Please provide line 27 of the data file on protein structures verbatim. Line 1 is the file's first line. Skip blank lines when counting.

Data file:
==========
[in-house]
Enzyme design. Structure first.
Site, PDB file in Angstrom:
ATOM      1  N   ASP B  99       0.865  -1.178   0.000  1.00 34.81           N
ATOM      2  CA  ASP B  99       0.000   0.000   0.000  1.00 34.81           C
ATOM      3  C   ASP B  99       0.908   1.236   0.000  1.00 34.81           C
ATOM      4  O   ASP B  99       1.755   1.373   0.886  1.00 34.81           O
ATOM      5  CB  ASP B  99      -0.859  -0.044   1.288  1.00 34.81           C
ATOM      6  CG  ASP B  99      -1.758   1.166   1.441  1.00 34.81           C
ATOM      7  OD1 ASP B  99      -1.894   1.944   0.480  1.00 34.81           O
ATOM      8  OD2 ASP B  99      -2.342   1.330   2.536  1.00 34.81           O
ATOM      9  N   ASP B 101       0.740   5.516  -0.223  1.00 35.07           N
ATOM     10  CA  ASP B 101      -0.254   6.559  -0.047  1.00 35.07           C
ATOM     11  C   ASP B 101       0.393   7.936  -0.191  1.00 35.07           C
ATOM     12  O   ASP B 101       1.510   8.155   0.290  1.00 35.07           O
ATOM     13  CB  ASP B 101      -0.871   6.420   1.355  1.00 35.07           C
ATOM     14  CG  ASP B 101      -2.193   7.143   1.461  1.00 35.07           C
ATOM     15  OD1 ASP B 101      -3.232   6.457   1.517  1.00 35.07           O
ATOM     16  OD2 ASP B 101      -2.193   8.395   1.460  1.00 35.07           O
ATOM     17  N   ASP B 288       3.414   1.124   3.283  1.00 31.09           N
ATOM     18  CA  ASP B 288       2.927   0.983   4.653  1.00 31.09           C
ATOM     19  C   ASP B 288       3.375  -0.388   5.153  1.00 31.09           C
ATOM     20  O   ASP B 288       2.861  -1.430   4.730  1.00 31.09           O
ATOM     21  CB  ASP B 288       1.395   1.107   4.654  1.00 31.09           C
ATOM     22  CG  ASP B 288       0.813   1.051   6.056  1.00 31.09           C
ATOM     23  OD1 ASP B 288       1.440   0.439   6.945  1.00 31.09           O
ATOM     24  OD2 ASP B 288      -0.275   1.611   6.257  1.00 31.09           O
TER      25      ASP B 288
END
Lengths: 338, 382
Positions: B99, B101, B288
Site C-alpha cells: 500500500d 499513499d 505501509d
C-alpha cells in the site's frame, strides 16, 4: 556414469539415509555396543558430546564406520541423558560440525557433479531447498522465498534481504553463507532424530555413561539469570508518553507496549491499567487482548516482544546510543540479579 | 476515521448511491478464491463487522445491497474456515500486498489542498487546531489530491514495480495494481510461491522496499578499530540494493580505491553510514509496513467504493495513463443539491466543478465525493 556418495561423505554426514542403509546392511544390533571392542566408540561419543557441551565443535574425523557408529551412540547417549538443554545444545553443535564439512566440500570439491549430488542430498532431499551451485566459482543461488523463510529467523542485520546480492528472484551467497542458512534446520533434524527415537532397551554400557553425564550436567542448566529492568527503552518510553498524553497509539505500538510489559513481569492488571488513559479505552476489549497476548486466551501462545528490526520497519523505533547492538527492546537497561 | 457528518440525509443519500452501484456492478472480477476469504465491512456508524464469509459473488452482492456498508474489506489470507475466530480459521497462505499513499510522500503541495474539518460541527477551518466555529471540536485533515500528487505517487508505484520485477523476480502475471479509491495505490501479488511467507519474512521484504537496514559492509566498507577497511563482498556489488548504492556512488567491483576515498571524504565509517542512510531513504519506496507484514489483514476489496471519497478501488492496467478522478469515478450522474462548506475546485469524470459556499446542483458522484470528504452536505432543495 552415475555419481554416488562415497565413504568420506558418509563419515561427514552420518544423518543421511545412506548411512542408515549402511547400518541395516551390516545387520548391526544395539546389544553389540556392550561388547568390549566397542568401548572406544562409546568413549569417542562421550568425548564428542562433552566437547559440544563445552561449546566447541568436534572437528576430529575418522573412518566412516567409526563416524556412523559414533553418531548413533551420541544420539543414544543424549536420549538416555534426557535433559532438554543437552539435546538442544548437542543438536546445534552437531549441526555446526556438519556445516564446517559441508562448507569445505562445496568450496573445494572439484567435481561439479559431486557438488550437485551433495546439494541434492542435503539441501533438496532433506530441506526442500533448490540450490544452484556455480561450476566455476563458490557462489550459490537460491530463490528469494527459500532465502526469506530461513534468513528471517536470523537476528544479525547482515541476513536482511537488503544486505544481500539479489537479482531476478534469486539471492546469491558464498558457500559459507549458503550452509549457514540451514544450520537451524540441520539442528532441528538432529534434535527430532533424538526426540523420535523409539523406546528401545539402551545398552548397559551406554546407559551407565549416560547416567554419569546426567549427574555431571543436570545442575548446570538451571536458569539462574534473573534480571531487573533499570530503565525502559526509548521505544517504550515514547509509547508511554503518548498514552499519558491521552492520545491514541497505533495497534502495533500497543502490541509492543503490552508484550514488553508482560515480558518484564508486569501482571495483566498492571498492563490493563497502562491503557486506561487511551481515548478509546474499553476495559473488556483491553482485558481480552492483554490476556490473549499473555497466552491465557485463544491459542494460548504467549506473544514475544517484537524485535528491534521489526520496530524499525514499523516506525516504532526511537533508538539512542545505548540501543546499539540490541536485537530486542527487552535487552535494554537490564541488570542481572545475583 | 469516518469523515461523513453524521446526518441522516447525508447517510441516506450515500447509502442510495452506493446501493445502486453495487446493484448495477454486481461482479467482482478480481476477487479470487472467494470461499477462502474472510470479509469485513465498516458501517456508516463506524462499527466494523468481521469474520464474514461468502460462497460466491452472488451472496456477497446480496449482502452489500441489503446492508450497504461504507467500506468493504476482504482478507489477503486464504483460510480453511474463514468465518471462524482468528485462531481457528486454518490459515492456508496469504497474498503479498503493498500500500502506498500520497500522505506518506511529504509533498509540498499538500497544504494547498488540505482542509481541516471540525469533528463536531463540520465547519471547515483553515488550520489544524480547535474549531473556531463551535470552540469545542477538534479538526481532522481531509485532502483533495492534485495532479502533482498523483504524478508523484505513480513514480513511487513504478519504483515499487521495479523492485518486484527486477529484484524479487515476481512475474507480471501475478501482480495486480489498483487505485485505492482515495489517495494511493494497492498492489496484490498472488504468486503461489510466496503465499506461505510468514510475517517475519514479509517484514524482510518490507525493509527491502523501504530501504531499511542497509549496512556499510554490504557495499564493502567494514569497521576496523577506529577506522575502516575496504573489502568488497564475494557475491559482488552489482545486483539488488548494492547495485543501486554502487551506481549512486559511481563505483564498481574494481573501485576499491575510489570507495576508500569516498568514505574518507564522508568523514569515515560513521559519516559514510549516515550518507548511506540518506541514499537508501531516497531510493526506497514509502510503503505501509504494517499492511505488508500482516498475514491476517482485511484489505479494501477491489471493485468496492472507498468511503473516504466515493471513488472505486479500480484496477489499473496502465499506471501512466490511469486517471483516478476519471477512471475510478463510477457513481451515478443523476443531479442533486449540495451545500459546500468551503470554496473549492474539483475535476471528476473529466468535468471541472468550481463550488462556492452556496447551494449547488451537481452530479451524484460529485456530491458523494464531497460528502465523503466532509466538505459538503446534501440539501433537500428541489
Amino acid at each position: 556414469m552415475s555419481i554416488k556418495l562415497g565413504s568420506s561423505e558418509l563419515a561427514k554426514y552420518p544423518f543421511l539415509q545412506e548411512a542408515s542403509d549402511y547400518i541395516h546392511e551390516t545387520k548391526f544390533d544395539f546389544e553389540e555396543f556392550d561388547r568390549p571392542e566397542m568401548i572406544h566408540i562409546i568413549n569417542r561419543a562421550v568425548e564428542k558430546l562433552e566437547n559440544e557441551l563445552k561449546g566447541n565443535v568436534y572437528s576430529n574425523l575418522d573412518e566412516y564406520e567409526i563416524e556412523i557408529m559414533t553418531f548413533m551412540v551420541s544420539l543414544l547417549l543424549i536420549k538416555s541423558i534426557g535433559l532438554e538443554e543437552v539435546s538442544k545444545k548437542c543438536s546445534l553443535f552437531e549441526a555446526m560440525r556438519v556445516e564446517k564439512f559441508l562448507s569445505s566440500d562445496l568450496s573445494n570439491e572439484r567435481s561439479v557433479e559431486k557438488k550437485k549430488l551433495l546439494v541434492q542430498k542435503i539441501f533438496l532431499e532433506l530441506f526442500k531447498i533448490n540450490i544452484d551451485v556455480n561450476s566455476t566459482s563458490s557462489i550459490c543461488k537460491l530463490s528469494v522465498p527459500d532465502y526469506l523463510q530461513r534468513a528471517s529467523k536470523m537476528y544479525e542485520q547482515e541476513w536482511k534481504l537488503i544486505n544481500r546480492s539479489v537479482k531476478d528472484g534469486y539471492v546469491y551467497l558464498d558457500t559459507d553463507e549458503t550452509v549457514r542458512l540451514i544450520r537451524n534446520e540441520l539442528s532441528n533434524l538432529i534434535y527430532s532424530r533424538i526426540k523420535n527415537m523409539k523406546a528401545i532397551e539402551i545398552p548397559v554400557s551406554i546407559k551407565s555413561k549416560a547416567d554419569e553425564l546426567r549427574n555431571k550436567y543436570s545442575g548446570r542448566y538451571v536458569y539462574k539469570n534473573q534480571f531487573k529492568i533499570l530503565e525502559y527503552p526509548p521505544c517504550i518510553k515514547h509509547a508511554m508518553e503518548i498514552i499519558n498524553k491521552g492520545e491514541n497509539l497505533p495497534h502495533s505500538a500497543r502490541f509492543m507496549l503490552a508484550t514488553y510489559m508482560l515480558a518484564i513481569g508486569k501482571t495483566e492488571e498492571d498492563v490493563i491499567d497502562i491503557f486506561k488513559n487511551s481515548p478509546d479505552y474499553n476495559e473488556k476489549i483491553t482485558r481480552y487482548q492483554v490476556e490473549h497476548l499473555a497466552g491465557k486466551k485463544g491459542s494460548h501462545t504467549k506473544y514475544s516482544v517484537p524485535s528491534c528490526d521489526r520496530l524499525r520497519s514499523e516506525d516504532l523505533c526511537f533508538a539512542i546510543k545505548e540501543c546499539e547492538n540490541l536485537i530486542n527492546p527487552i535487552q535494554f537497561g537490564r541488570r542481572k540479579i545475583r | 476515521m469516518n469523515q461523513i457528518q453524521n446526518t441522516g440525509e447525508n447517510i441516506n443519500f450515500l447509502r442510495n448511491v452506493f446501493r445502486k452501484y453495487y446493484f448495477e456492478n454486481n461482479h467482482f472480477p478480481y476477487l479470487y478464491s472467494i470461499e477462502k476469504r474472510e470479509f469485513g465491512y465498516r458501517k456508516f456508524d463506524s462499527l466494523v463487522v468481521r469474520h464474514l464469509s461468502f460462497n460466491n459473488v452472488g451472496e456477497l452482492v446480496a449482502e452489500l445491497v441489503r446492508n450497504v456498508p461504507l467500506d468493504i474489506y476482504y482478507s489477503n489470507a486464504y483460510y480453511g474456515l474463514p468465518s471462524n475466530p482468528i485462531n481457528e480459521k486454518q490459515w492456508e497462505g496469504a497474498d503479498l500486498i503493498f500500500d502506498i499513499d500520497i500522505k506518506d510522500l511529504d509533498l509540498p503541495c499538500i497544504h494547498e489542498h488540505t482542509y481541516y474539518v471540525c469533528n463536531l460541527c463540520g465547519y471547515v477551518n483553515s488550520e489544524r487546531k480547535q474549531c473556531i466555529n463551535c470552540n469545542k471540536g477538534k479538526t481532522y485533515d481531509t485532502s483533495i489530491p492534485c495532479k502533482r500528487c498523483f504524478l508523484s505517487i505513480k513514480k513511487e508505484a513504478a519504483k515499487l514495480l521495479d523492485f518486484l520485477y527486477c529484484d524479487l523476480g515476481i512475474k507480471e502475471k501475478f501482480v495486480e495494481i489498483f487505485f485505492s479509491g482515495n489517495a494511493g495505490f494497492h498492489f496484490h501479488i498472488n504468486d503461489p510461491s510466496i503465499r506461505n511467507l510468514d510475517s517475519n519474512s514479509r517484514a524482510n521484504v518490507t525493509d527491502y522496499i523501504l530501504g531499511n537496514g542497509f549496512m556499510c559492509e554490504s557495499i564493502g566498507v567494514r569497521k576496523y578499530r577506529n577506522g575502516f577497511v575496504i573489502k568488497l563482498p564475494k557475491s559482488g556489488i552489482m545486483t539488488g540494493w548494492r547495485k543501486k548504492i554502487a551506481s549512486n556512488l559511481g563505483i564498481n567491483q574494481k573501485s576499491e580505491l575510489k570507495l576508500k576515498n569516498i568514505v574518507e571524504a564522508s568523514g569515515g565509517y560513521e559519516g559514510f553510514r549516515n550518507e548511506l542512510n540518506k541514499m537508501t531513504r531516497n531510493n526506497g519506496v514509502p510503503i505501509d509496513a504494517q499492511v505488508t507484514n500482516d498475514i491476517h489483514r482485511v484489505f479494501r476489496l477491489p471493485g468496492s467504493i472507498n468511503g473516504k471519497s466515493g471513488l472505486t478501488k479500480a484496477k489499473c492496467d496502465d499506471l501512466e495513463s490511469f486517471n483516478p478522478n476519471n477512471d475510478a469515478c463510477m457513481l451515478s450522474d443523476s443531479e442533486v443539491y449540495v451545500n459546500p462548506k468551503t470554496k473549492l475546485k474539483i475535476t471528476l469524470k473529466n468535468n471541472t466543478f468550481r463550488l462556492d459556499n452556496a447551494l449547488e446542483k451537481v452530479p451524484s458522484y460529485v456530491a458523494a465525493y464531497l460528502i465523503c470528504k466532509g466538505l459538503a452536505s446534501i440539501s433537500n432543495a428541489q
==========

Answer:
ATOM     24  OD2 ASP B 288      -0.275   1.611   6.257  1.00 31.09           O